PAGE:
LIving a life filled with “what ifs” is like driving a car with filthy windows; you may get to your final destination but will not have seen where you have been going. I understand this concept on an intellectual level, but it has always been a challenge for me emotionally. It is easy for me to fall into this “what if” trap for example by standing in a checkout line where a customer in front of me suddenly needs a price check on one of their items. I will immediately think I should have chosen that other line that did not look busy. Maybe it was the environment I grew up in or lack of confidence, but a life spent wondering what would have happened if I had done something different is a waste of time. I cannot reverse time or change the results; so why devote energy to something that is out of my control? It would be similar to going out to dinner and after the meal wishing you had chosen your other choice. You would not go and purge yourself of the meal to start over; you could only gain the knowledge not to order it again. Now in the field of entertainment I see nothing wrong with the “what if” scenario being used as a meaningful plot device. WHAT if Elvis Presley’s stillborn twin borther had lived? Though this dramatic musical film does not mention Elvis in any of its advertisements; it was obvious to me if the character looks like Elvis, sings like Elvis and moves like Elvis then the writers were using Elvis’ birth as the catalyst for this story about identical twins who were separated at birth. Both roles played by newcomer Blake Rayne, the one named Drexel Hemsley would grow up to be a rock superstar while the one named Ryan Wade grew up being groomed to follow in his father Reece’s, played by Ray Liotta (Identity, Smokin’ Aces), footsteps in the ministry. I did not have a problem with the idea for this story per se; however, having to sit through this film with its ridiculous cliches and pandering to faith based viewers was torturous for me. It stunned me to see Ashley Judd (High Crimes, Divergent) as Louise Wade trying to do something with the horrible script. I would say the same for Ray; but after seeing his name listed as a producer, one has to wonder what he was thinking, agreeing to this mess of a movie. The only reason this film received as a high rating as it did from me was due to the musical numbers. After seeing this picture you would be justified in wondering what would have happened if you had gone seen some other film.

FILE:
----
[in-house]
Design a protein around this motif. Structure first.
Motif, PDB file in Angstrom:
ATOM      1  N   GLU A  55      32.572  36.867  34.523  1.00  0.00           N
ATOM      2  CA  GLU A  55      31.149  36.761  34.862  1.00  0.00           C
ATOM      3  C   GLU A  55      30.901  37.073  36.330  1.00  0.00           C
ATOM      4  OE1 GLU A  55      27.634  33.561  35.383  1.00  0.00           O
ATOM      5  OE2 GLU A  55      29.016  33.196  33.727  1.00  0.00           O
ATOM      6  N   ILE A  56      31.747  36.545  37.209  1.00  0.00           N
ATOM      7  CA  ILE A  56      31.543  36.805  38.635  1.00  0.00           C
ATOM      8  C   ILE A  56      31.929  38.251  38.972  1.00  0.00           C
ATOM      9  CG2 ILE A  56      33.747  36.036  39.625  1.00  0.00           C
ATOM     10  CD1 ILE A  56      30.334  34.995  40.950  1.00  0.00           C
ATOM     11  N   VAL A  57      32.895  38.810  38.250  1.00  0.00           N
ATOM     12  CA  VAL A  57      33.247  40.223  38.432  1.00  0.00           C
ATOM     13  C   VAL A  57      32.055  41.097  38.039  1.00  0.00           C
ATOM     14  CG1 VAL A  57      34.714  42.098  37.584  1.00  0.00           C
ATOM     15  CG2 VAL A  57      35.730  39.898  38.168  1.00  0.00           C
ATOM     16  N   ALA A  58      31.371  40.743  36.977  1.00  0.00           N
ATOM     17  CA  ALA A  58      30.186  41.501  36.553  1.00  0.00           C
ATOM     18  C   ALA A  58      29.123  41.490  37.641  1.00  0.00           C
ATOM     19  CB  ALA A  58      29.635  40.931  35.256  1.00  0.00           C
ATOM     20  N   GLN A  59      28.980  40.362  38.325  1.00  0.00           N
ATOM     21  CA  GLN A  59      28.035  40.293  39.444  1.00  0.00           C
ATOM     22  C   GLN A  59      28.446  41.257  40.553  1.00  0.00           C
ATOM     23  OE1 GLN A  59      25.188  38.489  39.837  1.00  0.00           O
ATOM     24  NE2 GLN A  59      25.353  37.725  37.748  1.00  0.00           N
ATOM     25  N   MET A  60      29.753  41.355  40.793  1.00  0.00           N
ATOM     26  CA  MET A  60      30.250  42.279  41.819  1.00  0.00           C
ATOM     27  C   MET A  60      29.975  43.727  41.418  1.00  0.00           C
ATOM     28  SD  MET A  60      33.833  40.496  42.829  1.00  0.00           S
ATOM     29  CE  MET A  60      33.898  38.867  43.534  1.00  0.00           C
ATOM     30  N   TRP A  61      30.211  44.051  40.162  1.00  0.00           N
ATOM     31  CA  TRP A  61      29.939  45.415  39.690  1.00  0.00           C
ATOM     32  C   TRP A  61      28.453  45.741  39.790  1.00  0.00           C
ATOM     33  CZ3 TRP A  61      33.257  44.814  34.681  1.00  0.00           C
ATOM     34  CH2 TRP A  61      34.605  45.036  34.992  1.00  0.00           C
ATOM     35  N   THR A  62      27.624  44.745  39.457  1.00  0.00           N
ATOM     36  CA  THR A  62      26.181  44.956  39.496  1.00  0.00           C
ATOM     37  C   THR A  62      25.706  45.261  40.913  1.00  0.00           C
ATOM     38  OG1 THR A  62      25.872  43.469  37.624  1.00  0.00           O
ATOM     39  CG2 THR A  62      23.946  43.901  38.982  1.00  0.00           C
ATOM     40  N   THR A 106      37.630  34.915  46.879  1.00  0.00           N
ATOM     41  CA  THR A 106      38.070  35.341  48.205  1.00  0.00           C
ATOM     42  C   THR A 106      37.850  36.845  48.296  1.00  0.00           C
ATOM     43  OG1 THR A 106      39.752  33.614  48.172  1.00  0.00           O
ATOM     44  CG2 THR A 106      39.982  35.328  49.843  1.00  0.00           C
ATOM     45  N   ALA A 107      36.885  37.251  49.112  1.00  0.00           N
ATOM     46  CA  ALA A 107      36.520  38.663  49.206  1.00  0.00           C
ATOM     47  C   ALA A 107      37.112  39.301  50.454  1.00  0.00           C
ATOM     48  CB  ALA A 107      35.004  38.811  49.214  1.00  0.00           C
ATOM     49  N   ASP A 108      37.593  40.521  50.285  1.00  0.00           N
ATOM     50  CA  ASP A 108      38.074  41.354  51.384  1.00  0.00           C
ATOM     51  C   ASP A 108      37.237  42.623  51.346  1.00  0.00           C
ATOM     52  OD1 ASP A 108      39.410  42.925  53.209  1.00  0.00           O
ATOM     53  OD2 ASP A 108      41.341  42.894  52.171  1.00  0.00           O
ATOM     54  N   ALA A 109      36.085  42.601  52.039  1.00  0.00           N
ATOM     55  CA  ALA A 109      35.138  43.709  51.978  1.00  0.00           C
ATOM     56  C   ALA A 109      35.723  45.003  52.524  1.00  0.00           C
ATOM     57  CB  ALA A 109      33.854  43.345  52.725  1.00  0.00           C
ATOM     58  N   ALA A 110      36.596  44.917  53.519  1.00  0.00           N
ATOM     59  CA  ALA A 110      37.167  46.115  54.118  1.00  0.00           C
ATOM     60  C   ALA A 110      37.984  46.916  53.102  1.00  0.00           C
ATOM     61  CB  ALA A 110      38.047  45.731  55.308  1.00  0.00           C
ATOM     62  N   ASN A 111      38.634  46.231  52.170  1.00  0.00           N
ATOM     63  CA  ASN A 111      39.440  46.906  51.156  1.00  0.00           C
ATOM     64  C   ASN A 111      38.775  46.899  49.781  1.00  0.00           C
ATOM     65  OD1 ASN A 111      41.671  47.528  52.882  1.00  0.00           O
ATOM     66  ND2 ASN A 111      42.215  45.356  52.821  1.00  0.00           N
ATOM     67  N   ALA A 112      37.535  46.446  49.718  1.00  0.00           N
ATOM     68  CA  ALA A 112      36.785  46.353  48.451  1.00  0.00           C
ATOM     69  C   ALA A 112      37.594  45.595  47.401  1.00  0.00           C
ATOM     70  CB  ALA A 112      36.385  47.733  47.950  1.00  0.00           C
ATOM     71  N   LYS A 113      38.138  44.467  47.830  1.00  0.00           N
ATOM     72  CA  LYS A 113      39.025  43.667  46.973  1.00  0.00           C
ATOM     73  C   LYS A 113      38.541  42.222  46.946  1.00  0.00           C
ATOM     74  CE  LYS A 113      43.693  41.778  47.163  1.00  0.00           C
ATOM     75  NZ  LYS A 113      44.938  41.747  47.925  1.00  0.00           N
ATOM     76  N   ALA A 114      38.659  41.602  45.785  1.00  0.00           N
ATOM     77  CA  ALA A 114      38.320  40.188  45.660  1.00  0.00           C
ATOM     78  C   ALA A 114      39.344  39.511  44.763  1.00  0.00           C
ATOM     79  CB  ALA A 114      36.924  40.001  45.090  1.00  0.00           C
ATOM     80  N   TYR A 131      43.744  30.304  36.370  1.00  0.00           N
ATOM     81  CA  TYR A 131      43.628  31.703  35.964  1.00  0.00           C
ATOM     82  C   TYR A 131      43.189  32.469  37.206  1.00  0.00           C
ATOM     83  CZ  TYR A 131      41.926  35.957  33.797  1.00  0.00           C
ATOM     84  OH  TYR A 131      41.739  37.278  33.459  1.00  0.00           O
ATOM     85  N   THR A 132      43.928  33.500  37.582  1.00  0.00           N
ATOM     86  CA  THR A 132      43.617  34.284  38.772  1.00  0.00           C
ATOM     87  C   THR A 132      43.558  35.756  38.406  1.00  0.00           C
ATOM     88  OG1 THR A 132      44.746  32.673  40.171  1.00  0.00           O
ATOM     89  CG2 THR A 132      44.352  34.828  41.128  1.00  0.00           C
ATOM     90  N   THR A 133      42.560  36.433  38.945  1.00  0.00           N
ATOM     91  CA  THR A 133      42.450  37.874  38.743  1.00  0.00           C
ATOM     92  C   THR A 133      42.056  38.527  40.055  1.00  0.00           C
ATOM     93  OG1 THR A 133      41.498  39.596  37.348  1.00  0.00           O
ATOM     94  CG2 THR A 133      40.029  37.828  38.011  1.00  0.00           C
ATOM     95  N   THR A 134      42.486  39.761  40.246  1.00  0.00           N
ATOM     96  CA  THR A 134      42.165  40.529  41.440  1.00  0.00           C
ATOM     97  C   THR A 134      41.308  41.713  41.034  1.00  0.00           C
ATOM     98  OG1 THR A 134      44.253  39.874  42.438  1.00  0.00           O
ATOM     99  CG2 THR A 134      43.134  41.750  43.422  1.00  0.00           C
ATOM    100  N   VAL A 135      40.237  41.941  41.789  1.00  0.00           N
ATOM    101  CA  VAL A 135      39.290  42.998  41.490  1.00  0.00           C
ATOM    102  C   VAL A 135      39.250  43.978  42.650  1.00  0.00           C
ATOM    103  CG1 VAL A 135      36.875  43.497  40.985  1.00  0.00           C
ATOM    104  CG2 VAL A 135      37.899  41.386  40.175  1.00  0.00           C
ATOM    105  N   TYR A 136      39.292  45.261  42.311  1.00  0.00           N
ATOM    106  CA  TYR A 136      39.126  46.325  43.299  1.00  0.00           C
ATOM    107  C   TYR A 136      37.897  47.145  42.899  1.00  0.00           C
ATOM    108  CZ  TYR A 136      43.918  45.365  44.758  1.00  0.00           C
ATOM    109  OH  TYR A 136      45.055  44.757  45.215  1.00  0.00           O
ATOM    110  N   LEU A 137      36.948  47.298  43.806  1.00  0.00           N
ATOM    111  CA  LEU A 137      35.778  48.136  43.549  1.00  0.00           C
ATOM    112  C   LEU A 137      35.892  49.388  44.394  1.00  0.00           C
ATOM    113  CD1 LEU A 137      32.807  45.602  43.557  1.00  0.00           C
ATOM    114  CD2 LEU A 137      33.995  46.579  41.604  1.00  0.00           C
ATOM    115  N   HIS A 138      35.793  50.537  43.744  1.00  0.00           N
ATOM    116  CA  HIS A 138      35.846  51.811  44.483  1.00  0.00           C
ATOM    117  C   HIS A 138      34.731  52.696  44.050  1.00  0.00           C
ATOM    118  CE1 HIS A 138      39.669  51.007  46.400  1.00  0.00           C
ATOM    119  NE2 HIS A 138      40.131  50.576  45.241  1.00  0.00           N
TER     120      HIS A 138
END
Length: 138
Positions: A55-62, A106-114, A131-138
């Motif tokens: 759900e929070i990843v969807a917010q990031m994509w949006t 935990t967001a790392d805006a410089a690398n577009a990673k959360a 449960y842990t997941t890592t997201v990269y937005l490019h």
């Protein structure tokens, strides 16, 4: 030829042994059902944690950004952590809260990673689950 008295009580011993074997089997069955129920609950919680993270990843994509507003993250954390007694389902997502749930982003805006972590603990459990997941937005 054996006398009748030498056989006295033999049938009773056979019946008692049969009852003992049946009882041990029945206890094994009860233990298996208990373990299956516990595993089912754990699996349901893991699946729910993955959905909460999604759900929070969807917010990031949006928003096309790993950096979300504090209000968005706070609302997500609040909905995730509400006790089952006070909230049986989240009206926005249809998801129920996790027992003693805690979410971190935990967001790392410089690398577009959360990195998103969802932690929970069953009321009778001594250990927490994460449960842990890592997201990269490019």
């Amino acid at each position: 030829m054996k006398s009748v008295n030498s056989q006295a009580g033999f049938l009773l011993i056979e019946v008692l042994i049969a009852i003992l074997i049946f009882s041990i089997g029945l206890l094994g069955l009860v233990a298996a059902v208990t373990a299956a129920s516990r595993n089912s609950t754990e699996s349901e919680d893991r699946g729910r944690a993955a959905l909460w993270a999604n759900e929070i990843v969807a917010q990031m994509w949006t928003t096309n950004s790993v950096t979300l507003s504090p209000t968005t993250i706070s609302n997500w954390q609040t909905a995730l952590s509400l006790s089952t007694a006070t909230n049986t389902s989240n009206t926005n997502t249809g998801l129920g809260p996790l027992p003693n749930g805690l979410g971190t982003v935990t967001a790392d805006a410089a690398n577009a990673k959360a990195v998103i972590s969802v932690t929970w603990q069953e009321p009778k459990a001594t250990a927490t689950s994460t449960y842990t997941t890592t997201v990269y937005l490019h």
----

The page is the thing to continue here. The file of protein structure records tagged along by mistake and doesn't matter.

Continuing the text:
1 2/3 stars
Sometimes you have to take matters into your own hands to make a difference. In the case of Irina Palm, she certainly did. Widowed grandmother, Maggie played by Marianne Faithfull (Paris, je T’aime, Marie Antoinette) was desperate to get money for her ill grandson’s surgery. Without having any marketable skills, Maggie in her search, spotted a help wanted sign in the window of a commercial business, looking for a hostess. However, the establishment was not a restaurant. It was a sex club being run by Miki, played by Miki Manojiovic (Underground, The World is Big and Salvation Lurks Around the Corner). I must tell you I had my doubts, thinking this story would not be feasible in the real world. But then I started thinking, what if I were in that situation and needed to get money to save someone’s life. And you know, I would do everything I humanly could, to make it happen. What seemed like a joke at first, Miki decided to test Maggie, to see if she could “handle” the responsibility, eventually dubbing her “Irina Palm”. With sparse dialog, I loved Marianne’s acting performance and was hooked into this odd, but interesting film. The story brewed with subtle undertones that unfolded with a couple of interesting twists. For you music fans, do a search on Marianne Faithfull to read about the inspiration behind several classic songs. Oh, and if you have been wondering what Miki had Maggie do at his live sex club, the answer can be found in the movie title and within this review.
3 stars — DVD